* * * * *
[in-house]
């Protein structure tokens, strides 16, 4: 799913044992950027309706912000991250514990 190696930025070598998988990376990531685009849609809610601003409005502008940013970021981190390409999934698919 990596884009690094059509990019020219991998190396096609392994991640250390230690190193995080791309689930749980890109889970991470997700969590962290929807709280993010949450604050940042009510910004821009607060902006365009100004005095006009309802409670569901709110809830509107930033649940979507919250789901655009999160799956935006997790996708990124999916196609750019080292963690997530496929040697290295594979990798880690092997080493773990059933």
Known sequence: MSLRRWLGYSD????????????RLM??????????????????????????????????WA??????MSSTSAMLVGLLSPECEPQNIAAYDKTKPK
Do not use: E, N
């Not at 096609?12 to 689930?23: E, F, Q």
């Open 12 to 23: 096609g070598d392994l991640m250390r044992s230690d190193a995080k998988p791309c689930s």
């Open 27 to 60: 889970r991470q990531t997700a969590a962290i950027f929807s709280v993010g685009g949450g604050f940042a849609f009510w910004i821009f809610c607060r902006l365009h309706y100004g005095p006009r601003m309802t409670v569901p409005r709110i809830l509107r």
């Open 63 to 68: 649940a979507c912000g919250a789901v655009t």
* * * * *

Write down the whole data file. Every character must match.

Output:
[in-house]
């Protein structure tokens, strides 16, 4: 799913044992950027309706912000991250514990 190696930025070598998988990376990531685009849609809610601003409005502008940013970021981190390409999934698919 990596884009690094059509990019020219991998190396096609392994991640250390230690190193995080791309689930749980890109889970991470997700969590962290929807709280993010949450604050940042009510910004821009607060902006365009100004005095006009309802409670569901709110809830509107930033649940979507919250789901655009999160799956935006997790996708990124999916196609750019080292963690997530496929040697290295594979990798880690092997080493773990059933």
Known sequence: MSLRRWLGYSD????????????RLM??????????????????????????????????WA??????MSSTSAMLVGLLSPECEPQNIAAYDKTKPK
Do not use: E, N
């Not at 096609?12 to 689930?23: E, F, Q």
């Open 12 to 23: 096609g070598d392994l991640m250390r044992s230690d190193a995080k998988p791309c689930s």
């Open 27 to 60: 889970r991470q990531t997700a969590a962290i950027f929807s709280v993010g685009g949450g604050f940042a849609f009510w910004i821009f809610c607060r902006l365009h309706y100004g005095p006009r601003m309802t409670v569901p409005r709110i809830l509107r």
């Open 63 to 68: 649940a979507c912000g919250a789901v655009t």